Some at Fed See a Need to Do More for Housing

The Federal Reserve’s minutes from the Federal Open Market Committee’s mid-December meeting show that if the modest pace of economic growth slows or mortgage markets significantly deteriorate, “a few members” of the committee believe that “more policy stimulus” may be desirable. The Fed has been buying $1.25 trillion of mortgage-backed assets to ease lending markets and keep longer-term rates low — a program that is winding down and scheduled to end by March 31. The program was successful for much of last year, pushing mortgage rates below 5%, to levels not seen since the early 1950s. Many economists say the end of the program will push rates back up from a half point to a full point, adding to the cost of a house and diminishing the pool of buyers. The president of the Federal Reserve Bank of St. Louis, James Bullard, said in late November that the Fed should continue purchasing the securities. “I have advocated to keep the asset-purchase program open but at a very low level, and wait and see what happens,” he told Down Jones Newswires. (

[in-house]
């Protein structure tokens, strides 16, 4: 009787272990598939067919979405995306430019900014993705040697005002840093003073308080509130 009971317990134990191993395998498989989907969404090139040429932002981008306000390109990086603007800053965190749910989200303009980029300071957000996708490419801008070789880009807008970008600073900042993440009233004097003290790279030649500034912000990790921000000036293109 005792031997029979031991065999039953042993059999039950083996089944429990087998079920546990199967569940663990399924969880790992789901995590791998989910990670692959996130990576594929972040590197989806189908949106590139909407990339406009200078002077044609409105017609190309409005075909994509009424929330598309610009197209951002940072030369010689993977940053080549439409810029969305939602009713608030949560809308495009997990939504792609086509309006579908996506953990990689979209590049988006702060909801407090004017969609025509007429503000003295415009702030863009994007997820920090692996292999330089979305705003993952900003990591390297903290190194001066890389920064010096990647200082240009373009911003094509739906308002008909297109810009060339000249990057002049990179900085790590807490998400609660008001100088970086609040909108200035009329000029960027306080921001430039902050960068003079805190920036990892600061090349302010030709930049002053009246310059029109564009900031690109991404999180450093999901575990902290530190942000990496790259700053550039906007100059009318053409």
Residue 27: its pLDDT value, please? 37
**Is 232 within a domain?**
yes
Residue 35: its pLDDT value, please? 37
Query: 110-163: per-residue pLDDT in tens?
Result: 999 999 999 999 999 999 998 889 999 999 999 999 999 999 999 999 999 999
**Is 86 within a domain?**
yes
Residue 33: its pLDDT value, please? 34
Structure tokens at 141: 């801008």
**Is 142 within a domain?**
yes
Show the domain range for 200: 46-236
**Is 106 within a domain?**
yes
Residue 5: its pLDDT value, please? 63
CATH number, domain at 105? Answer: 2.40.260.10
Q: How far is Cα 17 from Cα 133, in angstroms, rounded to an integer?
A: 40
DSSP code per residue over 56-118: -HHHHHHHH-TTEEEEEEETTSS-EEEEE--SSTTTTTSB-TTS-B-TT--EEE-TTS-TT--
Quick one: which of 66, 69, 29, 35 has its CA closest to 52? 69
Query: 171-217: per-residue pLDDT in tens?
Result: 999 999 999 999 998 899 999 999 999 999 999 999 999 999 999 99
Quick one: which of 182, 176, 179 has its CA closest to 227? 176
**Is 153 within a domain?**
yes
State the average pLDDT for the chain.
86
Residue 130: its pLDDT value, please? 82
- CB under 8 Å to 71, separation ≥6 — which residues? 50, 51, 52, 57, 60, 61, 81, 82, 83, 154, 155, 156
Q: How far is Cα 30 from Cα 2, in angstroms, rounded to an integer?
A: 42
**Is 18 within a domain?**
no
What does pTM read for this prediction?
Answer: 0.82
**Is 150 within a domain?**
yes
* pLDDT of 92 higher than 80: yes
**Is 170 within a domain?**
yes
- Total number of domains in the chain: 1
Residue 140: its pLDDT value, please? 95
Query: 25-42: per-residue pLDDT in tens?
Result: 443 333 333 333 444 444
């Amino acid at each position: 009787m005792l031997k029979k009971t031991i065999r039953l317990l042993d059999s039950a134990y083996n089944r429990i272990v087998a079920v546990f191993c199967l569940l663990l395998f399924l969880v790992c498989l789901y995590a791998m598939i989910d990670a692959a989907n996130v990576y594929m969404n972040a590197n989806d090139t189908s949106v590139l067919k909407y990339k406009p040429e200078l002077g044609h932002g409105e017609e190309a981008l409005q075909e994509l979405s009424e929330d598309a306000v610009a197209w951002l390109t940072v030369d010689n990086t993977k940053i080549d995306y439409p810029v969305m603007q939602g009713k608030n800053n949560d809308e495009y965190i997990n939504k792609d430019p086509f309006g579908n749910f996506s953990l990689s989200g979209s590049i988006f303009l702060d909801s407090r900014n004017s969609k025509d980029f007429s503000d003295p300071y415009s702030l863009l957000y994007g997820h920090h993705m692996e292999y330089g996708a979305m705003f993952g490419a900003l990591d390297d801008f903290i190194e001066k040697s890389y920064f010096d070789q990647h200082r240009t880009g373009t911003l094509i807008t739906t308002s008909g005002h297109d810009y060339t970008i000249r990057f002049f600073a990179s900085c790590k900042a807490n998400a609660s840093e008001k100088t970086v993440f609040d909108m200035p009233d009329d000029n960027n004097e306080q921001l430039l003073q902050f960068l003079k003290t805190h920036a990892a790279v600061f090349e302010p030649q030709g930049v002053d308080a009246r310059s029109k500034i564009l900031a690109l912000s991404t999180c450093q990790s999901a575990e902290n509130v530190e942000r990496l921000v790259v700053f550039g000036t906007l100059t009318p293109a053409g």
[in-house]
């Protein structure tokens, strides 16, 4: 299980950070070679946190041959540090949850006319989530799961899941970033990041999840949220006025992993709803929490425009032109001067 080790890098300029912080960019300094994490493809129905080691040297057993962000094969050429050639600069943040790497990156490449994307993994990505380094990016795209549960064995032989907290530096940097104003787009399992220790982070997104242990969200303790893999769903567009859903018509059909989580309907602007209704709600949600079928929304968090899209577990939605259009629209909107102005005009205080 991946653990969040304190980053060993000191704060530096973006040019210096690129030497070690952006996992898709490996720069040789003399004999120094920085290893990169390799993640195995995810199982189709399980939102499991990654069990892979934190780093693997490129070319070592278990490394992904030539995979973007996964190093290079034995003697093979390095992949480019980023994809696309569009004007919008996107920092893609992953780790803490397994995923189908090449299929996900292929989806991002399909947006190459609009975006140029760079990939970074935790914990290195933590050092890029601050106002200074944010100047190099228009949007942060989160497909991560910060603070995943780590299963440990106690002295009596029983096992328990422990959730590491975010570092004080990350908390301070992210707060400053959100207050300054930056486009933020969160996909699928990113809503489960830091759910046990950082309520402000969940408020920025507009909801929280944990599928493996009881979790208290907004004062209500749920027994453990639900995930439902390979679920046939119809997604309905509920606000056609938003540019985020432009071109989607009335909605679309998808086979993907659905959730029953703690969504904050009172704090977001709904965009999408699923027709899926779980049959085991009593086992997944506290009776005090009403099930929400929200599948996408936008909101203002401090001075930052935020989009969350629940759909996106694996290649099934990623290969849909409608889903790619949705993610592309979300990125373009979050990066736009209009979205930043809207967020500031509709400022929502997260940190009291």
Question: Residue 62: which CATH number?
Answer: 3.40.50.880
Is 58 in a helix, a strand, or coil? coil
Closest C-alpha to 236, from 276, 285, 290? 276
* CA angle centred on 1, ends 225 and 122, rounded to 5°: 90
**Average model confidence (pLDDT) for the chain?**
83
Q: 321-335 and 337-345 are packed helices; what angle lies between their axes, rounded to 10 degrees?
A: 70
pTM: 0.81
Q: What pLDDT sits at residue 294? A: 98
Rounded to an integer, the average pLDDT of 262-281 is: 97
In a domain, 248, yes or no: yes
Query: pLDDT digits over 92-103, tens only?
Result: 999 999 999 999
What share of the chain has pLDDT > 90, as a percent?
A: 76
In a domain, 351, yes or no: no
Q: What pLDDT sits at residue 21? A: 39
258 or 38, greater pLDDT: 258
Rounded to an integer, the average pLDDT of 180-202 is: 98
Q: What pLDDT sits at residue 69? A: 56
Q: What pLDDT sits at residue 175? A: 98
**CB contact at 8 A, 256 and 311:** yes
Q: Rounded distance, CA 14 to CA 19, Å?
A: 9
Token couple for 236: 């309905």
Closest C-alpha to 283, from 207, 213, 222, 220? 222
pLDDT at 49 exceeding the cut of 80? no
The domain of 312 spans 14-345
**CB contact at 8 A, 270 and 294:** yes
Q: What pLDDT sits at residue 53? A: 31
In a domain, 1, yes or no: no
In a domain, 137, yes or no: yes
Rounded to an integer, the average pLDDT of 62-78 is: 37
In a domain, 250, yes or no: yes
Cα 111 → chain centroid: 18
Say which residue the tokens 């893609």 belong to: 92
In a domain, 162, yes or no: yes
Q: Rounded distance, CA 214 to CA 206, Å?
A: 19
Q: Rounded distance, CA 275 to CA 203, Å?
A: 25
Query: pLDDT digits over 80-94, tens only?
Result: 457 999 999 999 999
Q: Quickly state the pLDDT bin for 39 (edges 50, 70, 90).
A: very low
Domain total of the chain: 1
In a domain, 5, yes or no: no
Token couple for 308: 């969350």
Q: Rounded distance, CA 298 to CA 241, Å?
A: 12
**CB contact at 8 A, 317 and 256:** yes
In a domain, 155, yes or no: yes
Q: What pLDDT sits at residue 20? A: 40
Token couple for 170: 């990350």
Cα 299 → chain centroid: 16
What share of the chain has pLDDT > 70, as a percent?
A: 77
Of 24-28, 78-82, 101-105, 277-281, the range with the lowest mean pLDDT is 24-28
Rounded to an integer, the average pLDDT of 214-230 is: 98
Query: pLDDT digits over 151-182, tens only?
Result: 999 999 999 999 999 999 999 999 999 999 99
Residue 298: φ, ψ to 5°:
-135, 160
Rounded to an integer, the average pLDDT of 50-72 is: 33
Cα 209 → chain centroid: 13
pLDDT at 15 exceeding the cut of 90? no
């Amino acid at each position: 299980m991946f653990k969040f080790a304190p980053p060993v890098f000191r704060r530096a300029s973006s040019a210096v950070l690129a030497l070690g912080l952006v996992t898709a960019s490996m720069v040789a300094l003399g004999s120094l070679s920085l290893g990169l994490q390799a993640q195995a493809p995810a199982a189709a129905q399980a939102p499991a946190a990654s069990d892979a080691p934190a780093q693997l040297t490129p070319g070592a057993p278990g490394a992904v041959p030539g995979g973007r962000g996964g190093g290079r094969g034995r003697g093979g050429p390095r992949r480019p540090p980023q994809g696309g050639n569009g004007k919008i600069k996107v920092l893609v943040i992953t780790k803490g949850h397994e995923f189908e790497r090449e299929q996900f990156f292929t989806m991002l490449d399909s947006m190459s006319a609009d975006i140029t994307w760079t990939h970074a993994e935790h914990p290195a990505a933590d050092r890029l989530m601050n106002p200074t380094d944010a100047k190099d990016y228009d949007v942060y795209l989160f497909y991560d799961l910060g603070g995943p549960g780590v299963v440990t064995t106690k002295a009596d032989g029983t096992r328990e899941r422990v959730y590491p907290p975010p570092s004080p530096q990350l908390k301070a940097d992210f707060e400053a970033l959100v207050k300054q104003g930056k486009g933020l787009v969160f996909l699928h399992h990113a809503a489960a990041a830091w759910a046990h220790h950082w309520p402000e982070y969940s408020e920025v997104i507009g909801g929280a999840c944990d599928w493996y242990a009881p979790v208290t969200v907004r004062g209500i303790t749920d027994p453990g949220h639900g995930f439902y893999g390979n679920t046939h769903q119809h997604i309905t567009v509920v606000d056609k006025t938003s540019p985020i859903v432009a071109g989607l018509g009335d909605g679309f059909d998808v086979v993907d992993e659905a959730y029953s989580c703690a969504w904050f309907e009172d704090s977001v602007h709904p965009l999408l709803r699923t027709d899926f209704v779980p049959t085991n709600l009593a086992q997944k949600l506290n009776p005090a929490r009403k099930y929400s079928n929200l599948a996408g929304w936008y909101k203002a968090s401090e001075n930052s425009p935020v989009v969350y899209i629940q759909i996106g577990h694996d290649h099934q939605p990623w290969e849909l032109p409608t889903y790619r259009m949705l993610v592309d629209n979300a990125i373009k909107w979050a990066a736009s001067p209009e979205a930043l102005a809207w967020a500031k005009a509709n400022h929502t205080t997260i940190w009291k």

New York Times (1/7/10); David Streitfeld and Jack Healy